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Thomas Hardy was a nineteenth-century lad with a soft spot for animals. In his letters scholars have found evidence that Hardy cared for and was concerned with the wellbeing of nonhuman critters. So it's interesting to see how animals play a role in his novels.
Early in Jude the Obscure the novel's protagonist, Jude, shirks his responsibility to a farmer who has hired him to scare away birds in his field so they won't eat the seed he has laid down. Jude feels bad about keeping these birds at bay, and let's them have it—enjoying the sight of the birds fattening up. Jude identifies with these birds—he too is seen as a scavenger, a parasite, a good-for-nothing… we could go on.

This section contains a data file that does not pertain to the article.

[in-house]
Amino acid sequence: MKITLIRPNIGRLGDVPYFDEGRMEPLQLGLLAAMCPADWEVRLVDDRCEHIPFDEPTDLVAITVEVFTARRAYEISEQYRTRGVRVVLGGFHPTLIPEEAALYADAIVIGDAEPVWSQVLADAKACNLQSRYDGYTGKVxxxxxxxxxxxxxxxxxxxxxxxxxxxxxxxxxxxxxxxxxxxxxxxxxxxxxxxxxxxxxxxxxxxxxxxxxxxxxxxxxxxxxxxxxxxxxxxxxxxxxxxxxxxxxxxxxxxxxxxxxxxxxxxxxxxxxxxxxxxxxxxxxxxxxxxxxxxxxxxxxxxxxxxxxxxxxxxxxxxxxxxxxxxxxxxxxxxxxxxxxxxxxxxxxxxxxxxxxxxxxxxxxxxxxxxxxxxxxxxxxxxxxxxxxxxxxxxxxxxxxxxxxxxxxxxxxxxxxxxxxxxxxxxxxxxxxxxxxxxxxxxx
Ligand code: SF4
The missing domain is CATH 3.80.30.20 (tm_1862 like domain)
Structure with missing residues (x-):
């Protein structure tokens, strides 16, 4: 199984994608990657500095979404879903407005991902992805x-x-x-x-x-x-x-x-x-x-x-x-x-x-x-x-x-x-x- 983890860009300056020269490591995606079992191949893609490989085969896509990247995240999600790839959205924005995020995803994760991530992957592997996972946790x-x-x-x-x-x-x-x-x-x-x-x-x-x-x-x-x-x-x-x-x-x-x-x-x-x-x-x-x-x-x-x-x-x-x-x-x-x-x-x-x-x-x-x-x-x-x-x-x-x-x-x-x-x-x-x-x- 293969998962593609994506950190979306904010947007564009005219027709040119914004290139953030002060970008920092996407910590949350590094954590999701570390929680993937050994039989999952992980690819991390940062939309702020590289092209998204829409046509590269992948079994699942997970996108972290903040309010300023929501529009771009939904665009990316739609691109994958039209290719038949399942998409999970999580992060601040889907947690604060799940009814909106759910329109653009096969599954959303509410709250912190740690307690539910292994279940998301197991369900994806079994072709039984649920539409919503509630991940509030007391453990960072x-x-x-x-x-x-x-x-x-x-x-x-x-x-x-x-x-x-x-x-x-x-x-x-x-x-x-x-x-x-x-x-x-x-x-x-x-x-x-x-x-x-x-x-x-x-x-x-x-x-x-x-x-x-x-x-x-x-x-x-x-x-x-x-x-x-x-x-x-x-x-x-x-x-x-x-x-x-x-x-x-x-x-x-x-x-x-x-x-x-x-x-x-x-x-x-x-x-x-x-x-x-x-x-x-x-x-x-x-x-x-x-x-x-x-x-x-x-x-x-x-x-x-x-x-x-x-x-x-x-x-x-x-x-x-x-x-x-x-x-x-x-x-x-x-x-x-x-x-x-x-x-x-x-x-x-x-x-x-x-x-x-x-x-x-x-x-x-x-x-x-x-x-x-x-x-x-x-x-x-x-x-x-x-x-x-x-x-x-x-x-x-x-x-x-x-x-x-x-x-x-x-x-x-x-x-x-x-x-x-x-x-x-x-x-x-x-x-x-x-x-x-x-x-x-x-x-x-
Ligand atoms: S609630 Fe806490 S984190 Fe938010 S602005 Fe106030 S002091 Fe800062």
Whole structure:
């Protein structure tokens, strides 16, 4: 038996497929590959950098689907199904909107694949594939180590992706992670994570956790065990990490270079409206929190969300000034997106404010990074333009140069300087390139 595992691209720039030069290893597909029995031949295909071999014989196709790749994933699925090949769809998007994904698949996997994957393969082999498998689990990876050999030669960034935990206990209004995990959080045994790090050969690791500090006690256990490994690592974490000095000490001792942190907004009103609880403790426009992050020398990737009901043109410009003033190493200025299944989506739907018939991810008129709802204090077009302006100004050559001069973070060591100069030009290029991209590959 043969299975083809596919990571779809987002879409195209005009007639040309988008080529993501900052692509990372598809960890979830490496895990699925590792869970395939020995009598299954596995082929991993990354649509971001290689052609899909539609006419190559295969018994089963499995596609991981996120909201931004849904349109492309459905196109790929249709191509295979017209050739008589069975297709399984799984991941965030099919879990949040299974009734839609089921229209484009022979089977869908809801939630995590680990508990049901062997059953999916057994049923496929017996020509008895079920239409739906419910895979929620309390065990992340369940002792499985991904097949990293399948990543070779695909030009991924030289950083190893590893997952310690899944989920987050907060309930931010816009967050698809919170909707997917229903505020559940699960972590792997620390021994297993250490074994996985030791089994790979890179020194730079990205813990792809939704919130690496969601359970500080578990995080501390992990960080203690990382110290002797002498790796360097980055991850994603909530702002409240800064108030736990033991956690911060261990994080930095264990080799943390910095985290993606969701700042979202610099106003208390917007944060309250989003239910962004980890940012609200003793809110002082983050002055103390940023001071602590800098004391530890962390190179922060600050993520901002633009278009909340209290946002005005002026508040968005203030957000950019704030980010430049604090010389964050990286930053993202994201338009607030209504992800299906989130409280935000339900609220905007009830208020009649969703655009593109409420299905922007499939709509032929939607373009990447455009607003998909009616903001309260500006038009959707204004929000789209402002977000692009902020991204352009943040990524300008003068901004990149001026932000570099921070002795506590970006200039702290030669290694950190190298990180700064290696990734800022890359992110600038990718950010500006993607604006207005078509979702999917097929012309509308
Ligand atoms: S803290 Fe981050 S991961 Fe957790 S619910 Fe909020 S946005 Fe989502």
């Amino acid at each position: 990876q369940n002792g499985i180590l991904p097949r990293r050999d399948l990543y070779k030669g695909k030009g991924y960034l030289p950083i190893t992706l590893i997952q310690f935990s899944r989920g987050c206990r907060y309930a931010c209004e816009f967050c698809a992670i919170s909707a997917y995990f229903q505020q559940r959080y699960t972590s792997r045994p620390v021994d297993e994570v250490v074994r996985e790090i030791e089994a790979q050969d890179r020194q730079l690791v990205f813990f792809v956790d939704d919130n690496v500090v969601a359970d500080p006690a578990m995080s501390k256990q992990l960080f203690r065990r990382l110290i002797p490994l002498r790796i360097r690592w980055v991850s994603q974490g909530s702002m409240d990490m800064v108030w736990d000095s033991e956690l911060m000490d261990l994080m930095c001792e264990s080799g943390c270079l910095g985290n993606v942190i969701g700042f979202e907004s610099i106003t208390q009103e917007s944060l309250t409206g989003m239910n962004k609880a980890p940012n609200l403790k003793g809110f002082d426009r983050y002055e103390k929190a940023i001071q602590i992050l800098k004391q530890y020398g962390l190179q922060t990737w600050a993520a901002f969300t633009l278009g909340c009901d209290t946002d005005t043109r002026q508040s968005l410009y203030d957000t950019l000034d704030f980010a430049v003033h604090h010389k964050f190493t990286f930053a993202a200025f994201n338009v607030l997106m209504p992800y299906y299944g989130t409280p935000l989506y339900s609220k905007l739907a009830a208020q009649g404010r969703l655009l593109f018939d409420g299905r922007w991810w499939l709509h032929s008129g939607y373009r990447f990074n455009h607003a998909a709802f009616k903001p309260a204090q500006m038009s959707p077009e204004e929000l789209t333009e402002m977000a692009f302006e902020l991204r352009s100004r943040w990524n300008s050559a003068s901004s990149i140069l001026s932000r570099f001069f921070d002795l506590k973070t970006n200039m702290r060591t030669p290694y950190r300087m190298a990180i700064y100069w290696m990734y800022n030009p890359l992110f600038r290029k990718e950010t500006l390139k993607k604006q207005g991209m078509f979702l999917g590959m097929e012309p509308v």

Later in the novel, when Jude is an adult, he marries the daughter of a pig farmer and one day is forced to kill one of the family's pigs. It doesn't go well. Blood spills everywhere and Jude is super upset—Jude, like Hardy, has a soft spot for animals. The novel's human-animal interactions are compelling because they are clearly deeply meaningful in the novel, but not just as metaphors.
We get the sense that these interactions really mean something: that these animals have agency and effects on the fictional worlds around them.